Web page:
The news from former vice presidential chief of staff “Scooter” Libby’s trial on charges of obstructing a federal investigation — particularly the revelation that Vice President Dick Cheney wrote a memo that effectively confirms his intimate involvement in strategizing about how to counter the inquiry into the Bush administration’s politically-motivated outing of CIA operative Valarie Plame — should slowly but surely edge the prospect of impeachment back onto the table from which Speaker of the House Nancy Pelosi removed it.
Cheney is expected to testify in the Libby trial and, if a federal jury rejects his testimony as less than credible, that would seem to create an appropriate opening for members of the House who take seriously their oaths to protect and defend the Constitution to entertain a discussion of impeaching the vice president.
Intriguingly, Cheney almost found himself in the middle of the discussion this week.
Prior to CNN personality Wolf Blitzer’s testy-if-not-particularly substantive interview with the vice president on Wednesday, the network’s resident rabble rouser, commentator Jack Cafferty, presented a reasonably favorable feature on a move by New Mexico state Senators Jerry Ortiz y Pino, D-Albuquerque, and John Grubesic, D-Santa Fe, to get that state’s legislature to petition Congress to impeach both Cheney and Bush.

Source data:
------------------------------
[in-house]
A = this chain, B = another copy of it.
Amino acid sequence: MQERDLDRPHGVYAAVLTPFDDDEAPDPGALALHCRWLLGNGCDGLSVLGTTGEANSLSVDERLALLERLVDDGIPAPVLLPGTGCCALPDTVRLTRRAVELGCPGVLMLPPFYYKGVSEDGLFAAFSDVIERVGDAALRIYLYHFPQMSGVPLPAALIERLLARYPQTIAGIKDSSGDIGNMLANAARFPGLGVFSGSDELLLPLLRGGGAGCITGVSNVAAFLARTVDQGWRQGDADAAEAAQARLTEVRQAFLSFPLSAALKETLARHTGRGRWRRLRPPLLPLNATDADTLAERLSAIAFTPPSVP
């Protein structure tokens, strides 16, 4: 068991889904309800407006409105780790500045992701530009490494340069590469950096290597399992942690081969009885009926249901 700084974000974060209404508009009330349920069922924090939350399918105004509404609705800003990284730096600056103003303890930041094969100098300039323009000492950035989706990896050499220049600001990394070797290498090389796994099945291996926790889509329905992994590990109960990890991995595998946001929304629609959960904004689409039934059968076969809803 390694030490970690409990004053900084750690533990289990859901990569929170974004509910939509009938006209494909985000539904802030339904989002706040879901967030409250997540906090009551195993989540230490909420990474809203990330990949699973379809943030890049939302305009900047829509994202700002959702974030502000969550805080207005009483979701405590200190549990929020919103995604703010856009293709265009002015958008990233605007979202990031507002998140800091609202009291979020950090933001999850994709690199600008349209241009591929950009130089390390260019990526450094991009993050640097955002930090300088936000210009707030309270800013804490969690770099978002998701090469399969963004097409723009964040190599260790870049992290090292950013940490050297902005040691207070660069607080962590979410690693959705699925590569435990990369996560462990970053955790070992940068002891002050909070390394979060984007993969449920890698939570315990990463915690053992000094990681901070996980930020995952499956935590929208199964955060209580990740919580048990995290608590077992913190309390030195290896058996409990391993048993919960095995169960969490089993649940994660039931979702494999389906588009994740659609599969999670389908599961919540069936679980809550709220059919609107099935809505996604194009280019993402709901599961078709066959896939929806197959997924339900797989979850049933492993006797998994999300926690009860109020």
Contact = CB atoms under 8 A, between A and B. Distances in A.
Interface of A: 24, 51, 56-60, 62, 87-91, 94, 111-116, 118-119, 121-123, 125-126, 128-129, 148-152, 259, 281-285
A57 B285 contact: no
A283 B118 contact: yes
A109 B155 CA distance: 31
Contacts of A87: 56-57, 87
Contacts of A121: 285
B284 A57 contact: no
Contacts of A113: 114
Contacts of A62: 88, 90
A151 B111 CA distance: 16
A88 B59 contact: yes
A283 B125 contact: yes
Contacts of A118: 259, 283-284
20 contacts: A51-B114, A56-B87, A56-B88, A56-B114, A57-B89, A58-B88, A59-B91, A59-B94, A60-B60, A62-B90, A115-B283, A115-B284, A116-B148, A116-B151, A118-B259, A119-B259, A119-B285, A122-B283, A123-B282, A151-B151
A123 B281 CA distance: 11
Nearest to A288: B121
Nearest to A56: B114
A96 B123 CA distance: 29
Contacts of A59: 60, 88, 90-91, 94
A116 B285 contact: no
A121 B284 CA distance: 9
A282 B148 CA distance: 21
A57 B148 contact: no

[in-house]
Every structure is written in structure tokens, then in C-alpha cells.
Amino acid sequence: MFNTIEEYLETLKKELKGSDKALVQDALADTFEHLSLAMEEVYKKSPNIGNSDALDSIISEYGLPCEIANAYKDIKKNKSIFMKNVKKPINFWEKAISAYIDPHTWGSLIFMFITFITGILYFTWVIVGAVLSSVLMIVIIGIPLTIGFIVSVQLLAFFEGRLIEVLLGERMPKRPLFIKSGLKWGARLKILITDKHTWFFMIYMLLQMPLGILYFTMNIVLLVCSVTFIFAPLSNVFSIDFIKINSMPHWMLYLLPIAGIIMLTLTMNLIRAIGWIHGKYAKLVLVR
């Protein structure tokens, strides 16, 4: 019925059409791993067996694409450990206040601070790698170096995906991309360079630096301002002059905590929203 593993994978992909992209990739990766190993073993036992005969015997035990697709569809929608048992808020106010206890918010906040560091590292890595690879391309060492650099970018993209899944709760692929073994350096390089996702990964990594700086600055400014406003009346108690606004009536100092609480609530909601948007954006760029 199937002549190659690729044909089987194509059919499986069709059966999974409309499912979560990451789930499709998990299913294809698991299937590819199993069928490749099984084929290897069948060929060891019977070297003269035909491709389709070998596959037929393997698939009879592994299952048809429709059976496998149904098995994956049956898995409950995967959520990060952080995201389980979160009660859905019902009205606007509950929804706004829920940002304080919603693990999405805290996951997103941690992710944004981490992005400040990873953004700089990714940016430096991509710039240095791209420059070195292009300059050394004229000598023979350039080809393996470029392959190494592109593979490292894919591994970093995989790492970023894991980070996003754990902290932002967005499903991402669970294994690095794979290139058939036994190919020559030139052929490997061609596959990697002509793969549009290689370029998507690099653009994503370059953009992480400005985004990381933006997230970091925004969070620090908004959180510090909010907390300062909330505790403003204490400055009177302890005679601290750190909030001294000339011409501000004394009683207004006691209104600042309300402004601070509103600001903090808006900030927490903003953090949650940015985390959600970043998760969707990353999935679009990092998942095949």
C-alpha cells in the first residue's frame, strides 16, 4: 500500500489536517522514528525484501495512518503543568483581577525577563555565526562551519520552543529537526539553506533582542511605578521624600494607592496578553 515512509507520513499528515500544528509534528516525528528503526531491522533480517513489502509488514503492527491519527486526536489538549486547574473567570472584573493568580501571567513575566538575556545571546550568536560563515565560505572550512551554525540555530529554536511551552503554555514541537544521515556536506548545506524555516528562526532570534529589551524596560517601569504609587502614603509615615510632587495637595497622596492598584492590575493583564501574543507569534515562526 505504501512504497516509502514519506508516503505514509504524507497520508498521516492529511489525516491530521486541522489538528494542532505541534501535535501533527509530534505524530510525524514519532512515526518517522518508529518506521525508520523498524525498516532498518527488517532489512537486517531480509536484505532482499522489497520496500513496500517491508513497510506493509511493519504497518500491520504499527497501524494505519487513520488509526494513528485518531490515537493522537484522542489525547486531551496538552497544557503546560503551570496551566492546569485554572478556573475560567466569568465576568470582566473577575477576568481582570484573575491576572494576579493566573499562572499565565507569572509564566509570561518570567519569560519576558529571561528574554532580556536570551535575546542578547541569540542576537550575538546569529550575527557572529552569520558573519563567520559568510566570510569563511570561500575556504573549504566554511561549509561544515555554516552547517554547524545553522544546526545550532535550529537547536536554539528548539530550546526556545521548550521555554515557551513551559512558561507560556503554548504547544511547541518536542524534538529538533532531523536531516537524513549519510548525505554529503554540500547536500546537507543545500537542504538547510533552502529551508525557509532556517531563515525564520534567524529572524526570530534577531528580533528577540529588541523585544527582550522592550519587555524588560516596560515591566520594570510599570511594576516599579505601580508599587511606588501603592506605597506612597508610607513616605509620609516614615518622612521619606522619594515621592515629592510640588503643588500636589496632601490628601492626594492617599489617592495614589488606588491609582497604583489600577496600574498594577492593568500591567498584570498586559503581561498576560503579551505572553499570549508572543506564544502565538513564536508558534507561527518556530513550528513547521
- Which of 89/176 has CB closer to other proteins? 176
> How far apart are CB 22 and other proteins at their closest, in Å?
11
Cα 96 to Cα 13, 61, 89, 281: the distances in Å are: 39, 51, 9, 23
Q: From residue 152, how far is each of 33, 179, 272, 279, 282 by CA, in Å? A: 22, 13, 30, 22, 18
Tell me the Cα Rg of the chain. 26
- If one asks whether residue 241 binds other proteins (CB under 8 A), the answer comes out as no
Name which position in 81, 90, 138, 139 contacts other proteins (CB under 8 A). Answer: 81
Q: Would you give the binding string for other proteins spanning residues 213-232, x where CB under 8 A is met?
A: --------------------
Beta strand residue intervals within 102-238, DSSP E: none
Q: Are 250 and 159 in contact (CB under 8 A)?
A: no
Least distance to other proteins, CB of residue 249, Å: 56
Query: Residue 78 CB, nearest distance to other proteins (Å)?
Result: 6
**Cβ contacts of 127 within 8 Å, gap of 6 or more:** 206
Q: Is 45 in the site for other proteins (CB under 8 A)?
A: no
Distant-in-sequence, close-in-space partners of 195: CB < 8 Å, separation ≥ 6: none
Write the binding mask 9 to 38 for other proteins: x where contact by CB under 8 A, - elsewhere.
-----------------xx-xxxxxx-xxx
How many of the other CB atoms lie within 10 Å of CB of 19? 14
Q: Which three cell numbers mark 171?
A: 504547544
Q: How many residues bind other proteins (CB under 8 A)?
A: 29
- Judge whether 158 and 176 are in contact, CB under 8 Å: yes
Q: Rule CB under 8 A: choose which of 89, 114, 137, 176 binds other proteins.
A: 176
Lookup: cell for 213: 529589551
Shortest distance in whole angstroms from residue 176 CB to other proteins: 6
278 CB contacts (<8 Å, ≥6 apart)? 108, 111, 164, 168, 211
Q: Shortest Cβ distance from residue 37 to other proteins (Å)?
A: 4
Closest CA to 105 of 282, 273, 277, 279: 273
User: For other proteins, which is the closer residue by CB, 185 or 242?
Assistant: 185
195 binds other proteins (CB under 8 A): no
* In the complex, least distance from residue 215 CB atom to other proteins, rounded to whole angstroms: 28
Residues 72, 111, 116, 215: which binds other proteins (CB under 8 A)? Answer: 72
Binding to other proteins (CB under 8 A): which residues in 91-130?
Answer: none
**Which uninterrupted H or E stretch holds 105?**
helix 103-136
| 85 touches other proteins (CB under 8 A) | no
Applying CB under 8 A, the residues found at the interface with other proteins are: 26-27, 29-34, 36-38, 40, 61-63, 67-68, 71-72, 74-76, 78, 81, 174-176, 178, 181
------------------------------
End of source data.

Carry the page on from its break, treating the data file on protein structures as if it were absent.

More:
The New Mexico impeachment initiative, one of several currently moving forward in state legislatures around the country, is designed to force members of Congress to take seriously the increasingly-popular demand that the president and vice president be held to account for misleading Congress over the Iraq war, supporting torture, engaging in illegal spying on U.S. citizens and using their offices to punish critics. “I am an American citizen that believes that the Constitution is a sacred document and that the Bush administration clearly does not share this sentiment,” explains Grubesic, while Ortiz y Pino says, “We’re simply doing what all elected officials should be doing. That is, listening to the voice of the people and trying to carry it out as best we can.”
The New Mexico legislators have taken their cue from Thomas Jefferson, who in a manual of congressional procedures written more than two centuries ago affirmed that state legislatures could petition the House to impeach federal officials. The third president explained in Section 603 of his Manual on Parliamentary Practice and Rules of the House of Representatives, a volume that is still referred to by House leaders for precedents and guidance, that: “there are various methods of setting an impeachment in motion”: 1) By charges made on the floor by a member of the House; 2) By charges preferred by a memorial filed by a House member; 3) By charges contained in a Resolution introduced by a House member; 4) By a message from the President; 5) By charges transmitted by a State legislature, or a grand jury; 5) By facts developed and reported by an investigating committee of the House.”